(UPDATE – 9-29-12: our documentary segment on Geoff Steiner has just won the 2012 Emmy Award for best single military story)
* * *
The past collided with the present this week and the crash reminds us of the tragedy that was Vietnam.
On the eve of Veterans Day, the Nixon Presidential Library released a recording of the former president dictating his account of talking to Vietnam War protestors at the Lincoln Memorial in the pre-dawn hours of May 9, 1970. The president had a sleepless night after giving a nationally televised news conference a few hours earlier on the progress of the war. By Nixon’s own account he went to the Lincoln sitting room in the White House to listen to some Rachmaninoff when he was approached by his personal attendant Manuel Sanchez. Sanchez was a recently naturalized Cuban refugee and new to Washington and the White House. Feeling melancholy, Nixon asked him if he had ever seen the Lincoln Memorial at night. Sanchez admitted he hadn’t, so Nixon gathered a small group of secret service agents and off they went—into history.
What Nixon didn’t anticipate was running into a group of wide-eyed college students who had driven all night from upstate New York to protest against the war. Just five days earlier National Guard troops opened fire on a similar group of protestors at Kent State University and killed four students. In his Dictabelt recording Nixon admits he awkwardly tried to make small talk, but it quickly turned to the war:
“As I tried to explain in my press conference that my goal in Vietnam was the same as theirs, to stop the killing and the war, to bring peace… I know most of you, that probably most of you think I’m an S.O.B., but I want you to know that I understand just how you feel.” – Richard Nixon, 1970
On the very morning Nixon was trying to justify the war, a 19 year old Marine from Minnesota was performing his duty to carry it out. Geoff Steiner landed in Vietnam prior to the Tet Offensive in 1968. Sixteen thousand U.S. soldiers lost their lives that year. By 1970, he was a battle scarred survivor of a war with seemingly no end. Coming home was hardly any easier. Like many Vietnam veterans Steiner suffered from post traumatic stress disorder. The scars ran too long and the pain too deep. Finally, one day he put a gun to his head, but instead of finding a bullet, he found God.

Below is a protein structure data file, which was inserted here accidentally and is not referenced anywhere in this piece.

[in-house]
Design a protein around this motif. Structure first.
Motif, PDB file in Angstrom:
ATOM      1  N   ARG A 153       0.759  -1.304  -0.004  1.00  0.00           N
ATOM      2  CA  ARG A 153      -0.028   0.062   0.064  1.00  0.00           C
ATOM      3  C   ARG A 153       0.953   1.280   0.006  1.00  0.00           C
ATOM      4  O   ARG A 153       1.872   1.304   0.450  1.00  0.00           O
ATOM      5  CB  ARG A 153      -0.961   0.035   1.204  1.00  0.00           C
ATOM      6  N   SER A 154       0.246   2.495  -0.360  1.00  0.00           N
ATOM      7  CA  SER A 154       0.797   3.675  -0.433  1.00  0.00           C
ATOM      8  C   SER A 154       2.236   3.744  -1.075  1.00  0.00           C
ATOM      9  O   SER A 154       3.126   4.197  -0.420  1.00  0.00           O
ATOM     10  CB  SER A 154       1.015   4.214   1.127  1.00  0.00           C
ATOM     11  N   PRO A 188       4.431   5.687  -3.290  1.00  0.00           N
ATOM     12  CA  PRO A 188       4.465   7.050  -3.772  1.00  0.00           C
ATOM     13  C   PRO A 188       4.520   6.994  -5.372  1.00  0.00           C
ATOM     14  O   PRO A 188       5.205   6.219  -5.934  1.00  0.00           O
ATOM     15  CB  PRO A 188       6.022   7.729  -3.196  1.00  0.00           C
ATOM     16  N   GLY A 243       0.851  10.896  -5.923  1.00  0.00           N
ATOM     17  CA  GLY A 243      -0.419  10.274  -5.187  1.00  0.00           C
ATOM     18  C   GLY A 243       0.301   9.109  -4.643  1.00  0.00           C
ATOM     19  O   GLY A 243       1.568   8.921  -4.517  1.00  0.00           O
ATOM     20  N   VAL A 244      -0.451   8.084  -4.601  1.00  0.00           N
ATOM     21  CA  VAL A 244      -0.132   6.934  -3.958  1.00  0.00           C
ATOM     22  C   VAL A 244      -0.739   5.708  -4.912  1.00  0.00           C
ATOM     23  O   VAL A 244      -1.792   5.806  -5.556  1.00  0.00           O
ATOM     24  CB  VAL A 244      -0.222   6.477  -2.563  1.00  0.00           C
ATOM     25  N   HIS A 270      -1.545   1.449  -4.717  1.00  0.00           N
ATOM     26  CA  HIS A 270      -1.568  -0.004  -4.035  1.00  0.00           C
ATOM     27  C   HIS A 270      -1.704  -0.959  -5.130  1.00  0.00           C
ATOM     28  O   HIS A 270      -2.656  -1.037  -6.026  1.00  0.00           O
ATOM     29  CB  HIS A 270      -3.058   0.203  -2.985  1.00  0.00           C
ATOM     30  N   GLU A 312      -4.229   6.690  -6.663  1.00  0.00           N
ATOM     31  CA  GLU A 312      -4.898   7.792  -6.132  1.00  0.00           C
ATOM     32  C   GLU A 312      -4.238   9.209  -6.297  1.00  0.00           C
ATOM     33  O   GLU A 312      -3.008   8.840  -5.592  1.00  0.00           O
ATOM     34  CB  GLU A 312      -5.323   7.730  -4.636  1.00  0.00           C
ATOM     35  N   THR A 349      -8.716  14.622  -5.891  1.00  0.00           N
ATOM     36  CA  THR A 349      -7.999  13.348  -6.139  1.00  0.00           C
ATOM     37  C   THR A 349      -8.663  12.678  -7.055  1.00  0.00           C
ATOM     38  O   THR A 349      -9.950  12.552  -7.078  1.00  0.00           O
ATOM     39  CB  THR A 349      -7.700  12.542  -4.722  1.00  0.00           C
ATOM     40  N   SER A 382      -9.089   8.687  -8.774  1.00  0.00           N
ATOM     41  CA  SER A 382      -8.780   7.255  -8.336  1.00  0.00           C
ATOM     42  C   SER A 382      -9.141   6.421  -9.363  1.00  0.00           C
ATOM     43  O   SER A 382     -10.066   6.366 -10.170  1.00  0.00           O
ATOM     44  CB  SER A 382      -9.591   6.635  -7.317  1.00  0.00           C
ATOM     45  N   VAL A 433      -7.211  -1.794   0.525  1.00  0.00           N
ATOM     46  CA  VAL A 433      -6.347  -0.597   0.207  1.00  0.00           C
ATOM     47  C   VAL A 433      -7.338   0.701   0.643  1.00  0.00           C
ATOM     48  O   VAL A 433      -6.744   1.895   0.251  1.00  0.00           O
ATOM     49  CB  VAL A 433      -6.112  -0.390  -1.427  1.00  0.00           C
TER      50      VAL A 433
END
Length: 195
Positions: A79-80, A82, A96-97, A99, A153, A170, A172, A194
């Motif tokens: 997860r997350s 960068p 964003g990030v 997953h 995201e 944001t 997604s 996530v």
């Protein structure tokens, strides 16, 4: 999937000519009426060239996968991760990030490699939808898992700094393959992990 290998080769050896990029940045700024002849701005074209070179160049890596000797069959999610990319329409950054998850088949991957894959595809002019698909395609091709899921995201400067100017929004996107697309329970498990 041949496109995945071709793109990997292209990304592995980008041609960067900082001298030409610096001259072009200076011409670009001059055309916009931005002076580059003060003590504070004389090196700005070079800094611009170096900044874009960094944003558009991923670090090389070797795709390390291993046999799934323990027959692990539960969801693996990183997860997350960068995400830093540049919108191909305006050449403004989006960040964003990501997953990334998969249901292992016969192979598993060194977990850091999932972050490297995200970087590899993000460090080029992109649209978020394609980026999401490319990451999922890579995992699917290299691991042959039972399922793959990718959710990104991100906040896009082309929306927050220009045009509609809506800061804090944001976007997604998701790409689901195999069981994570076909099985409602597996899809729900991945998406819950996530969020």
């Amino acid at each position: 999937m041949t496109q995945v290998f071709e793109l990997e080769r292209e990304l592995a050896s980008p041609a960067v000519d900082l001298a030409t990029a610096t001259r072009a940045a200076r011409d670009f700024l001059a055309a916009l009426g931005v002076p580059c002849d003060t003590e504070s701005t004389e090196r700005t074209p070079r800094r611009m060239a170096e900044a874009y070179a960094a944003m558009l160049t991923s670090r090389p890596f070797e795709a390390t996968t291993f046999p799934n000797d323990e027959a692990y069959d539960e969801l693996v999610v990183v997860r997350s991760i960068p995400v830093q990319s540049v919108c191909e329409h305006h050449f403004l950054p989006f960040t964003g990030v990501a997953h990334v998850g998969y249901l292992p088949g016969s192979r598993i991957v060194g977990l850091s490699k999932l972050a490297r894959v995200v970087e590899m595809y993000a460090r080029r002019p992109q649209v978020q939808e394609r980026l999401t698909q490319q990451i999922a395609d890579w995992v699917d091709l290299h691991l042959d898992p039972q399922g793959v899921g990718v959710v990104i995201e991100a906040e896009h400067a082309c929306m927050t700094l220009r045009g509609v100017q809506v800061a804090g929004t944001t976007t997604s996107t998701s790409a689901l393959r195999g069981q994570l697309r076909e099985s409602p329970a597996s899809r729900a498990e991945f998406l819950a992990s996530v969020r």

Today, Steiner is a Chaplain who quietly passes the time on 40 acres of land near Cushing, Minnesota. He is a loner who is hardly alone. Several times a week Steiner walks through the early morning mist with a shovel, a seedling, and a prayer. He plants trees in honor of the men who never came home and those who did come home but never found their inner peace.
“When I bought this land, there wasn’t tree in sight,” said Steiner. “Now, I have thousands of them.”
This is exactly where Nixon and Steiner collide. Nixon wanted to end the Vietnam War through “peace with honor.” Steiner simply wants honor with peace. He lives it every day.
And that’s exactly why we met on Veterans Day among the living memorial now growing on his rolling Minnesota land. I teamed up with producers Mark Anderson and Rod Rassman to profile Steiner for part of an upcoming film on veterans called “11-11-11.” The film will portray a day-in-the-life of veterans on the very day that we honor their service. We think Steiner not only has a great story to tell, but is an American worth knowing.
That’s why it’s so ironic that on Veterans Day this year we heard two voices on Vietnam, one from the present and one from the past. The oxides on Nixon’s tape recording have faded with time, the scratchy audio a reminder of a reel that only plays in the echo chamber of history. Geoff Steiner needs no recording; the legacy of Vietnam is on permanent replay in his mind. He has his trees, but they will never completely hide the horrors of war.
* * *